An economic chasm separates the two countries sharing the island of Hispaniola. Until the mid-twentieth century, both had roughly the same GDP, but while the Dominican Republic (DR) has enjoyed decades of economic growth, Haiti’s economy has languished, crippled by political turmoil and natural disasters. Although both countries have roughly the same population—nearly 11 million—the DR’s economy is ten times bigger.
This document represents a summary snapshot of monitoring activities conducted by IOM and border monitoring partners at the border between Haiti and the Dominican Republic. The monitoring was put in place following the movements observed at the border before and after the 17th June 2015 expiration of the registration component of the National Plan for the Regularization of Foreigners (PNRE1 in Spanish), established in the Dominican Republic.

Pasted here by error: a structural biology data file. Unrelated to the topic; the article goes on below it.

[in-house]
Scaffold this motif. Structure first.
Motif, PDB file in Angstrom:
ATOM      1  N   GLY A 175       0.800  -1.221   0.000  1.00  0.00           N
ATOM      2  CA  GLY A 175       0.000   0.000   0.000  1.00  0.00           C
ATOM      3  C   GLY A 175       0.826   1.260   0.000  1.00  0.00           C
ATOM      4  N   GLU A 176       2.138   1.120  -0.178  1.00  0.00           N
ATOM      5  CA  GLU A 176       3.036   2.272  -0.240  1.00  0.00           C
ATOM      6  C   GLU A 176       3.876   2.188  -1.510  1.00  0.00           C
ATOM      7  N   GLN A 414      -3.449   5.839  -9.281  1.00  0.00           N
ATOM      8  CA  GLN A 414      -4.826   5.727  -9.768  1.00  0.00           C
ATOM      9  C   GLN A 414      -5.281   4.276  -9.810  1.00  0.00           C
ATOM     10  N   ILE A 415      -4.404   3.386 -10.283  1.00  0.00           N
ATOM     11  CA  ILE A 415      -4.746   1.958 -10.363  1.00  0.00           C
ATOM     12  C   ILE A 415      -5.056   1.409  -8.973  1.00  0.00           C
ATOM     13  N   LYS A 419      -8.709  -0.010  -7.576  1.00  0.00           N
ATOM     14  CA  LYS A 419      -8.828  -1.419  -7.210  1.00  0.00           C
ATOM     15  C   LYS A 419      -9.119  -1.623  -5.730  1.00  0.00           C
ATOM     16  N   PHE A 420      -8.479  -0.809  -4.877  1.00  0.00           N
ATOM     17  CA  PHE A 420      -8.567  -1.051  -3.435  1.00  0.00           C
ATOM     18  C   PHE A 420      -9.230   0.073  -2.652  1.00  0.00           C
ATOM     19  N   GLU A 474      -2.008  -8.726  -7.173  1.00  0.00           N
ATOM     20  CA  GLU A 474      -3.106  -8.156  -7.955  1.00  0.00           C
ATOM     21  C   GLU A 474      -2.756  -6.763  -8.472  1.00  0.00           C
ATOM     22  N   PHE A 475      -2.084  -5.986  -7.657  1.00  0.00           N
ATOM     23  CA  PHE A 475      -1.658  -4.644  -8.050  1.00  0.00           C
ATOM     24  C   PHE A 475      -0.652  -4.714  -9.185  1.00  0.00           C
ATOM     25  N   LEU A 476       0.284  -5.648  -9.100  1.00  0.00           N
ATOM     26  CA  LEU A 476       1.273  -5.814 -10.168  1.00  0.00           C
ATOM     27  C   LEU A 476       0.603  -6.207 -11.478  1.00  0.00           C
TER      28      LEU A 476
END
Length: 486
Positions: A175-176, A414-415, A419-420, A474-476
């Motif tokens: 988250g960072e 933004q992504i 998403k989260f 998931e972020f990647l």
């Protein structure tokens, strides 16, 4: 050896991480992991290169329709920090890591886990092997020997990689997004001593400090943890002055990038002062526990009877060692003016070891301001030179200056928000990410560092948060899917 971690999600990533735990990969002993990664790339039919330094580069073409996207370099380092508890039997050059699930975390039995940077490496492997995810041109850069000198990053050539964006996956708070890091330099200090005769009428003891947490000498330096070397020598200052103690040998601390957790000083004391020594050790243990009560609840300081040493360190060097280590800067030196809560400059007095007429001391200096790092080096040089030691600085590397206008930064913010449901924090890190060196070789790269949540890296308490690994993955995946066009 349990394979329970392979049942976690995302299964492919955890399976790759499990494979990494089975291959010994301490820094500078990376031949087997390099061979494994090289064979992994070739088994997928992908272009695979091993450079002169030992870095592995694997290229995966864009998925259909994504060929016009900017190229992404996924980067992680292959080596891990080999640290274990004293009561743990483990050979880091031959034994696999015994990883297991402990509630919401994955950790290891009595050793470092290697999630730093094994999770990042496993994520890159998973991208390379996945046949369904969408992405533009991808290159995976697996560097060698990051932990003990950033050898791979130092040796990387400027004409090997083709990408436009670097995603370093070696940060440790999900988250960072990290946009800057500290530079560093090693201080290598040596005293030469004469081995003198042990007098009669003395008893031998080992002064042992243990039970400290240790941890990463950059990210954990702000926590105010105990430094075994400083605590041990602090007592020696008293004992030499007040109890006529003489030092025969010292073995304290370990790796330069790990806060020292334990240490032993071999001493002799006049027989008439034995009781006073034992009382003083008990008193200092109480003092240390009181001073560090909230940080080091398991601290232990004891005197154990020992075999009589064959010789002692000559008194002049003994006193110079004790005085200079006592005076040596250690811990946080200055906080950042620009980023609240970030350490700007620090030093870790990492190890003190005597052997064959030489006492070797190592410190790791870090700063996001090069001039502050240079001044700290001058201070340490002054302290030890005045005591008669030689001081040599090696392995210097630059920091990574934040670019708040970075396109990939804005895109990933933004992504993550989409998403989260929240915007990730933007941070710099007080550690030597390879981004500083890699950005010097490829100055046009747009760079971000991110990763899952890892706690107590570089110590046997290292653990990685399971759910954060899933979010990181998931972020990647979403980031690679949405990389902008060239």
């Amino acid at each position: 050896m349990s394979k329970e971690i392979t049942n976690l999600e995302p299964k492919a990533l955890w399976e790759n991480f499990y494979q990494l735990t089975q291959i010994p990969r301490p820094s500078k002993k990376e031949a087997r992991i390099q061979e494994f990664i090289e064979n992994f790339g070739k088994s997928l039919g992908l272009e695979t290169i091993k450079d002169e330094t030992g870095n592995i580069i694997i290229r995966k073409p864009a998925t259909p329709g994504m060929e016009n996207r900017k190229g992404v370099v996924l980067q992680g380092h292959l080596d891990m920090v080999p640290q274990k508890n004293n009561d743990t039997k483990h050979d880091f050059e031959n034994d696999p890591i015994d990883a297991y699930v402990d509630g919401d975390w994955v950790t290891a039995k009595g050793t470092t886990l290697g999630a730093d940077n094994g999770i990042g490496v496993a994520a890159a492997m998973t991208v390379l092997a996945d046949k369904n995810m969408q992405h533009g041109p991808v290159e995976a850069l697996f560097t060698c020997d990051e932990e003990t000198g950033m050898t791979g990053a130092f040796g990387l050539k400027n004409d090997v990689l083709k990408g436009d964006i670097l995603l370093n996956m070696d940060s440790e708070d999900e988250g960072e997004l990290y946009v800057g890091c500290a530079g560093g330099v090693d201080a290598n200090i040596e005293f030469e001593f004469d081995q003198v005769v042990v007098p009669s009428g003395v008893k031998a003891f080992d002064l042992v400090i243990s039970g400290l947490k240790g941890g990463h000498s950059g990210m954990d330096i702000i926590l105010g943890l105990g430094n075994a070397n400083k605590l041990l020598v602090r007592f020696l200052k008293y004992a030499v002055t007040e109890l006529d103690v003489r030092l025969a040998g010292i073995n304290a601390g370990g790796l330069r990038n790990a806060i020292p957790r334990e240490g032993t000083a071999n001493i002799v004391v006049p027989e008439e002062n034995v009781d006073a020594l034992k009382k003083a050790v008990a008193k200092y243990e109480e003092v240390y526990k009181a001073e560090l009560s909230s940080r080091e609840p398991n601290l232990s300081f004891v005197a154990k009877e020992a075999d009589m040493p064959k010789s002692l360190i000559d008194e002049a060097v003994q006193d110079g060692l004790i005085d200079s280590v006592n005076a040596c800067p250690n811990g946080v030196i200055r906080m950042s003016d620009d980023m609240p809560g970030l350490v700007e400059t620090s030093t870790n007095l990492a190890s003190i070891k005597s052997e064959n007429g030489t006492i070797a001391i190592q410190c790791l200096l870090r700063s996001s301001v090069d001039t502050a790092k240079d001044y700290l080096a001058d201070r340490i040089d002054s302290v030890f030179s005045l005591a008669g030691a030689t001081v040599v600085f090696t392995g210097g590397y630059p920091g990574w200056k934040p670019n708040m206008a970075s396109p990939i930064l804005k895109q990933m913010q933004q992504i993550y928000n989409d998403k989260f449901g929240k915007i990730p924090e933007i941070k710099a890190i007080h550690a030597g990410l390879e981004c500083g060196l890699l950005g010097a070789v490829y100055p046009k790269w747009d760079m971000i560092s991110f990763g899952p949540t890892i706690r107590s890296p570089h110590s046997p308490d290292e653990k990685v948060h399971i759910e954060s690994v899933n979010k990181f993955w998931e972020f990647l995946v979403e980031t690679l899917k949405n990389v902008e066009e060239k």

A NACLA investigation funded by the Samuel Chavkin fund for investigative journalism finds the Dominican Republic to be openly discriminating against Haitians immigrants only two years after Haiti suffered a devastating 2010 earthquake.
The present report deals with pre-earthquake binational relations along the Haitian / Dominican border and with the implication of these patterns for developments along the border in the changed world of the post-earthquake island. The earthquake constitutes a definitive watershed for Haiti. Though nobody yet knows what is in store, post-earthquake Haiti will never be a replica of the country before the earthquake.
Few of the foreign tourists enjoying the US $250-a-day luxury of the Casa de Campo resort on the Dominican Republic’s south coast will be aware of a different minority in the vicinity of their hotel complex. A few miles from the hotel stand some of the Dominican Republic’s hundreds of bateyes, clusters of concrete barracks or wooden shacks, home to the country’s poorest people: those who cut cane on its sugar plantations.